'From a readings of Section 4. it is clear that wherever there are provisions made by the Act in relation to the law of succession the customary Hindu law along with its texts, rules and interpretations of various courts as also the custom and usage now ceased to be operative. The only law to which reference must be made in the matter of Hindu succession is the law laid down by this Act wherever it makes provisions in that behalf.'
It has further been held that:--
'By reason of Section 14 which converts the limited estate of the widow into full ownership in the case of joint family property, the son adopted subsequent to the commencement of the Act by the widow would not take interest in her property and would not have any right of partition in respect of the property in the widow's hand, irrespective of the fact that it was joint family property before the commencement of the Act.'
The legislature has brought about a categorical change by introducing the provisions of Section 14(1). Succession Act. The female holder is now made full owner and has the effect of chanaing the nature of the property. This will always be the effect irrespective of the nature of the property which the woman possessed as a limited owner till June 1956. The earlier nature of thatproperty thus becomes irrelevant.
The full ownership conferred upon a Hindu female by Section 14 would have all the attributes of full ownership as is understood normally in law. The firstconsequence is that there is no question of reversion after the death of the Hindu female and she would constitute a fresh stock. Succession to her property will be governed by the provisions of the Hindu Succession Act and not by the Shastric Hindu Law. Being full owner she is en-titled to dispose of the property by transfer inter vivos or by Will. In other words, this property of the Hindu family can well be compared with the self-acquired property of a Hindu male. If a son adopted by a Hindu male person could not claim any right in the self-acquired property a son adopted by the Hindu female cannot now claim a right by birth in the independent property of the female which is akin to the self-acquired property. The adoption after (he Succession Act operates prospectively and not retrospectively. There is no relation back. On the date of the adoption there is no joint family property in existence in which he could claim any interest by birth. In doing so. the adopted son is not deprived of the status given to him of a natural born son as Section 12 of the Hindu Adoptions and Maintenance Act, 1956 provides. Where the natural born son could get a right by birth, the adopted son would. If the natural son hart no right by birth, the adopted son cannot also claim any such right.'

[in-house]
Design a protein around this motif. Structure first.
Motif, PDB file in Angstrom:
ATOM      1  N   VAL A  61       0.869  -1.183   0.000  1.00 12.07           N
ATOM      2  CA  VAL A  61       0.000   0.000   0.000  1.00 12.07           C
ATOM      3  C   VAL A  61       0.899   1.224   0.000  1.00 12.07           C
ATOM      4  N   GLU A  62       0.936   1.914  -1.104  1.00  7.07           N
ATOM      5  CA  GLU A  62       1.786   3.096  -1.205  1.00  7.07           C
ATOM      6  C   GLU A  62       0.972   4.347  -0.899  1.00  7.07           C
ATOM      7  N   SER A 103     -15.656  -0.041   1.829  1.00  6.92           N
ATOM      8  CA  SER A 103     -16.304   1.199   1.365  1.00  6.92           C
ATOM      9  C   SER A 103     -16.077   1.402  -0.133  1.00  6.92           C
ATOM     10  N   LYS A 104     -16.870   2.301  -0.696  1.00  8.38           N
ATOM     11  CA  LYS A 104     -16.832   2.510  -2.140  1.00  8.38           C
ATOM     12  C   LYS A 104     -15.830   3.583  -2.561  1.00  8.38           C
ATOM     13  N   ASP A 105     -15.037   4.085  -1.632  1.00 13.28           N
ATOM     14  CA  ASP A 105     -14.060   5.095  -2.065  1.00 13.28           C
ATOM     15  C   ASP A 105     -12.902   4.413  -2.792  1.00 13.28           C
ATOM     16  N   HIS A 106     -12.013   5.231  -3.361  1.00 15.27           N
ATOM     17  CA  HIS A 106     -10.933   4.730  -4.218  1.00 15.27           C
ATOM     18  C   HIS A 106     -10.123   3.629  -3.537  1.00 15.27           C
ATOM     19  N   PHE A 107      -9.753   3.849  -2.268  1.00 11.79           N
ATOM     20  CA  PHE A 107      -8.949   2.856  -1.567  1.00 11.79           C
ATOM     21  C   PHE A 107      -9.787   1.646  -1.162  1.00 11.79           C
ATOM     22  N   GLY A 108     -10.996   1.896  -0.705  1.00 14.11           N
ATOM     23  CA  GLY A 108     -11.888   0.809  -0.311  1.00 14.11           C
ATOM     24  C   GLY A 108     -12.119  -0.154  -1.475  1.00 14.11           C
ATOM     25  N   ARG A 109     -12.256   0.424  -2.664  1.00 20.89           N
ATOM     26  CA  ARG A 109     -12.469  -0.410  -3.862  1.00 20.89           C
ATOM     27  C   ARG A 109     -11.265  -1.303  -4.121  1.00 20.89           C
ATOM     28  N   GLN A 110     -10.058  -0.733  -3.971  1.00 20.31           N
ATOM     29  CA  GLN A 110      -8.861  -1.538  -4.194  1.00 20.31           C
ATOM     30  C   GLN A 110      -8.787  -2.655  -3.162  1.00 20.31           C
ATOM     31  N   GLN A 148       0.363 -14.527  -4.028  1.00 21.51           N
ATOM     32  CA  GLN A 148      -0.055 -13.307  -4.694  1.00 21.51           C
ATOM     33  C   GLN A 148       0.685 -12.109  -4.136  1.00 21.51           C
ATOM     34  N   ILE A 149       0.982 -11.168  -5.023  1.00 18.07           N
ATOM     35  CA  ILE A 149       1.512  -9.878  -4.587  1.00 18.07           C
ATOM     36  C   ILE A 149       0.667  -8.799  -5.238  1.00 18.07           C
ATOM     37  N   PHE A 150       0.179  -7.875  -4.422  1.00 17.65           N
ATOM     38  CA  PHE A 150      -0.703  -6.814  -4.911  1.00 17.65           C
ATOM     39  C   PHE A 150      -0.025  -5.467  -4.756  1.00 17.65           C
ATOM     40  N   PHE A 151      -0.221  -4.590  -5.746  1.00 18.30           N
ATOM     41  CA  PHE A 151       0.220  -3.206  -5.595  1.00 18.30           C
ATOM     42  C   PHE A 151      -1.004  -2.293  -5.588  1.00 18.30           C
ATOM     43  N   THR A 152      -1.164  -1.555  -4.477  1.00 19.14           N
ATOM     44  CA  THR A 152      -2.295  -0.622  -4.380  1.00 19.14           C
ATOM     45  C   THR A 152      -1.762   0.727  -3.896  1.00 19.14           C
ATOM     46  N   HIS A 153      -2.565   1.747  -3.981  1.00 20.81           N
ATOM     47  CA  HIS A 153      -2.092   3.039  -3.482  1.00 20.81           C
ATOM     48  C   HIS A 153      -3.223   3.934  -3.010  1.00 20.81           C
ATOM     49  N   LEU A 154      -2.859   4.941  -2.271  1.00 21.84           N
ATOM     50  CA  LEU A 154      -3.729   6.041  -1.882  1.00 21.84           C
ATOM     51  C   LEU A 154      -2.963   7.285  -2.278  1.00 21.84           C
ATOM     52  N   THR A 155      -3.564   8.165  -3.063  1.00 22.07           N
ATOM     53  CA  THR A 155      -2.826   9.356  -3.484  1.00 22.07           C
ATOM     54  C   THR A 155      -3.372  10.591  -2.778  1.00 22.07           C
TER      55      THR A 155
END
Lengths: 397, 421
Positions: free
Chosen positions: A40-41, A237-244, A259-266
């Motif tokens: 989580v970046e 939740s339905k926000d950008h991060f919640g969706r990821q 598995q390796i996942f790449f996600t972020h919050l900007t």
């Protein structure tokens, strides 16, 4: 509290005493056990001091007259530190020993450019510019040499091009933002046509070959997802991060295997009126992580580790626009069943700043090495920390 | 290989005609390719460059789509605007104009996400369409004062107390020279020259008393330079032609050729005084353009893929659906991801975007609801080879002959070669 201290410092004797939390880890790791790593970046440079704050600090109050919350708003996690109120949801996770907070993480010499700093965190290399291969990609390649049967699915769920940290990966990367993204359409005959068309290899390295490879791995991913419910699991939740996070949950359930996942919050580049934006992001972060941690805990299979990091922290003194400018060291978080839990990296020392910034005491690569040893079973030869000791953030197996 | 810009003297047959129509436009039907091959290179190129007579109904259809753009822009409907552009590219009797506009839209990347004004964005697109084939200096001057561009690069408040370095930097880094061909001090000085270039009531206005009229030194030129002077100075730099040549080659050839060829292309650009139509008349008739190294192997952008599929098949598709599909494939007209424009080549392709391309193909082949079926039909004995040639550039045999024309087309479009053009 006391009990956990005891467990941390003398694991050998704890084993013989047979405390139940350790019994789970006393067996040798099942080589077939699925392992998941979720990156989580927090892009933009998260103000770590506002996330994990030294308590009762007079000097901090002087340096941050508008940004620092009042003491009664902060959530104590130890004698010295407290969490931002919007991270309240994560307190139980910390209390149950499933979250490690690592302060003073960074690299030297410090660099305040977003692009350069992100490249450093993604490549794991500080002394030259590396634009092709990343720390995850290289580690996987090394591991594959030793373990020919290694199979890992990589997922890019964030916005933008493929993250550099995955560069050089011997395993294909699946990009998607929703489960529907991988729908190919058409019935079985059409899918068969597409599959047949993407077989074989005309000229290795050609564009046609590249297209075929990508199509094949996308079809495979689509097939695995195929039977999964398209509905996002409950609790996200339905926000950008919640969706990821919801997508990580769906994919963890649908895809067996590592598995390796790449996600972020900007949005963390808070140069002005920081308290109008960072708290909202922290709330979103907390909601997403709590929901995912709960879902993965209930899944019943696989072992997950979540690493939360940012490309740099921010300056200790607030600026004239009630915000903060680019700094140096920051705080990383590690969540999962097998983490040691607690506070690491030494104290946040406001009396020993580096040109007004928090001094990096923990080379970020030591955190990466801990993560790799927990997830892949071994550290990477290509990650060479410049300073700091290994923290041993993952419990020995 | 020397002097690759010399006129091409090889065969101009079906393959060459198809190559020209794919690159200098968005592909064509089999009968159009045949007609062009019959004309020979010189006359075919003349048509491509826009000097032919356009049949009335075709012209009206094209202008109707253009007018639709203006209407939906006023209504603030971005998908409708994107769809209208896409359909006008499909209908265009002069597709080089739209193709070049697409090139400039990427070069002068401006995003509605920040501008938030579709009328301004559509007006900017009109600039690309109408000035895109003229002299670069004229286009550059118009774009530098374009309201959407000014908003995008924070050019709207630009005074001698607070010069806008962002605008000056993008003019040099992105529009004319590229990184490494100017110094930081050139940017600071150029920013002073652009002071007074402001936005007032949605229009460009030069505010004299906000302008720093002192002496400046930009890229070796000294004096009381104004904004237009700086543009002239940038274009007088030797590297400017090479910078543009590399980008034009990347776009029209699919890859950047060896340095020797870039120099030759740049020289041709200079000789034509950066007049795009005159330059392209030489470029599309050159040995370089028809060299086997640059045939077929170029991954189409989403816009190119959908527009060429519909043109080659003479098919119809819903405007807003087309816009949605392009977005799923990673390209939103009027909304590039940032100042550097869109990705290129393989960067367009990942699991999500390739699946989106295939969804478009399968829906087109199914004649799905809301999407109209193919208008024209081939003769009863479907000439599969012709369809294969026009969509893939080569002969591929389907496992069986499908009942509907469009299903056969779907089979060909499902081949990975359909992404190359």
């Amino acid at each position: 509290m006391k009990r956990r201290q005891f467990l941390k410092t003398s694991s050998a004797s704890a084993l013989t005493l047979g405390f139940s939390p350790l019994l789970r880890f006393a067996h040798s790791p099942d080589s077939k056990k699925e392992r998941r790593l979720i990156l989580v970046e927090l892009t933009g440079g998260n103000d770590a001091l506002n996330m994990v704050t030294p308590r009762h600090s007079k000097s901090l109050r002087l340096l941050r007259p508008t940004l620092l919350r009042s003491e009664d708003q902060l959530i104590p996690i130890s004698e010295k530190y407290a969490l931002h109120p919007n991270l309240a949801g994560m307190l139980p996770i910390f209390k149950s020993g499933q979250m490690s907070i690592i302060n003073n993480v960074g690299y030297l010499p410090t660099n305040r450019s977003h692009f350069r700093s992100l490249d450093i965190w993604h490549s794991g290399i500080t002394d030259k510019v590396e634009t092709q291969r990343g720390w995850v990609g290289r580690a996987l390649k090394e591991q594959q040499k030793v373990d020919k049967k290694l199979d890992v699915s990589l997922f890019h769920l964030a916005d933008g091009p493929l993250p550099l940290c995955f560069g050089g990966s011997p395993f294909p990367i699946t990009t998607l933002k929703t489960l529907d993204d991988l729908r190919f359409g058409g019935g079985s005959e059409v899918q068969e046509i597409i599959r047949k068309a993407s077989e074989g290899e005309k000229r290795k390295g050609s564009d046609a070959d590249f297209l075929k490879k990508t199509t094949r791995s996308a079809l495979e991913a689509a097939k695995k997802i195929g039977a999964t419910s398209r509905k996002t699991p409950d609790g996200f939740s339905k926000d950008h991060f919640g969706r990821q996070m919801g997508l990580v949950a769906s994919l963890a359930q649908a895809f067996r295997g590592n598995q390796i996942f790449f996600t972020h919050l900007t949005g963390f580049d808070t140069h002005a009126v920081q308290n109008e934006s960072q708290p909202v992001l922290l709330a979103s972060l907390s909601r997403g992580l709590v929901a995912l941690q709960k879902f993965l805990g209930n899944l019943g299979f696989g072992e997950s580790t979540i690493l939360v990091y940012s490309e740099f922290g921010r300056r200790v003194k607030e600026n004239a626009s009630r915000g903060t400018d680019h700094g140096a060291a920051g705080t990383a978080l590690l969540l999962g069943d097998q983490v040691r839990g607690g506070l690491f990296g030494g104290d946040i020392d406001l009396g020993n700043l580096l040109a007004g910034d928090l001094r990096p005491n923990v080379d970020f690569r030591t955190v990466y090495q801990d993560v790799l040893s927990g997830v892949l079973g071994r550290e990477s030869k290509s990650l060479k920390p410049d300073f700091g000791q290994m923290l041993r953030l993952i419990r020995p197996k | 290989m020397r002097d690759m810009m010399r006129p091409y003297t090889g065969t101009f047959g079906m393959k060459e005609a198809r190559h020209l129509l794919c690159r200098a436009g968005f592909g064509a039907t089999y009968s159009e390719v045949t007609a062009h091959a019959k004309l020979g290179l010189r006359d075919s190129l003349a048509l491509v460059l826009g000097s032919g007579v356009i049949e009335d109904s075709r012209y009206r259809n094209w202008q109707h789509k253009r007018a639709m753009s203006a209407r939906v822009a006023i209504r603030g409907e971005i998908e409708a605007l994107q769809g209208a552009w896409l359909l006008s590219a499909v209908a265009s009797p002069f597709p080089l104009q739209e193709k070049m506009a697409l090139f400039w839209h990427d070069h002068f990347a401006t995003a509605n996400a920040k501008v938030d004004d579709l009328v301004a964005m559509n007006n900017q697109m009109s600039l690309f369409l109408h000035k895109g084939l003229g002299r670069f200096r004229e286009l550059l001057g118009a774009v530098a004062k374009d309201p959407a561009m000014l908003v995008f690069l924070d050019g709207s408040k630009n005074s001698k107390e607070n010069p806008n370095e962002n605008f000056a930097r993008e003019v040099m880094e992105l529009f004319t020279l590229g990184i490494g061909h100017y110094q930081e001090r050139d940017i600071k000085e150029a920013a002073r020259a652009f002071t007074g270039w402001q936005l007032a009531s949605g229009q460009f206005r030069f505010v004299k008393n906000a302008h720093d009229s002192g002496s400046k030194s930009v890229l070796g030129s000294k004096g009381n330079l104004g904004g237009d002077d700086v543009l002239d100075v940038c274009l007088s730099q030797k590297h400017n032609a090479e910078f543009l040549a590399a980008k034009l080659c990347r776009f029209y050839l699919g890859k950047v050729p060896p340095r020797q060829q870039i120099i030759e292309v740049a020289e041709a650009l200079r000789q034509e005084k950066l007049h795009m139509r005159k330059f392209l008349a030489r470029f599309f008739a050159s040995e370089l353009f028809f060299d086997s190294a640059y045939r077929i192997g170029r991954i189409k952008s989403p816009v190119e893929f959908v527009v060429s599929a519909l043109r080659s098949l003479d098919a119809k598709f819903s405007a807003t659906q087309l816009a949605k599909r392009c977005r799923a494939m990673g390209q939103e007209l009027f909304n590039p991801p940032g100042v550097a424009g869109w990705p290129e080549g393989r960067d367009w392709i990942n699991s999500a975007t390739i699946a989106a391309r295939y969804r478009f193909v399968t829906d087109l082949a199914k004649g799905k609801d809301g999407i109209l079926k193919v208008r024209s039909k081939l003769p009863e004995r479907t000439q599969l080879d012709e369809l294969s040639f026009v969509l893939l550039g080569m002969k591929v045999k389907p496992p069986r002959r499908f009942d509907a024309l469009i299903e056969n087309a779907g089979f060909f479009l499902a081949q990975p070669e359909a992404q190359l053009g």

11. It is no doubt true that in all these cases the adoption hart taken place subsequent to the enforcement of the Hindu Succession Act. However in my opinion, considering the facts and circumstances of the case they would also apply to the present case because after the co-widows had mutually aareed to divide the propertv. though it may be for their maintenance, admittedly they have been in exclusive possession of the properties thus divided since the passing of the decree Ex. P/5 under which properties mentioned in Schedules A. B and C annexed to the plaint were given to Roopa Bai who continued to be in exclusive possession therfeof even when the Hindu Succession Act came into force. Therefore, even though Roopa Bai had a right of maintenance against the propertv she had a limited interest in the suit properties prior to the coming into force of the Hindu Succession Act. which ripened into her right as an owner thereof.
12. So far as agricultural lands are concerned, the learned counsel for the appellant submitted that it is not in dispute that Roopa Bai was in exclusive possession of the disputed agricultural lands since 1939 and according to Section 54 (vii) which defines 'pucca tenant', he contended, that after the coming into force of the M.B. Land Revenue and Tenancy Act on 15-8-50 she became a pucca tenant and after the M.P. Land Revenue Code came into existence on 2-10-59 she acquired the rights of a bhumiswami. He. therefore submitted that in view of the decision reported in 1963 MP LJ 684 (Chanaram Chadmi Ahir v. Pvari Bahool she acquired full rights in that agricultural property and the provisions of the M.B. Land Revenue and Tenancy Act regarding succession as provided under Sections 83 and 84 pf that Act was governed not by the personal law of the individual but it applied uniformly to all irrespective of their Personal law. He. therefore, submitted that Roopa Bai could not be divested of that agricultural property on the theory of doterine of relation back.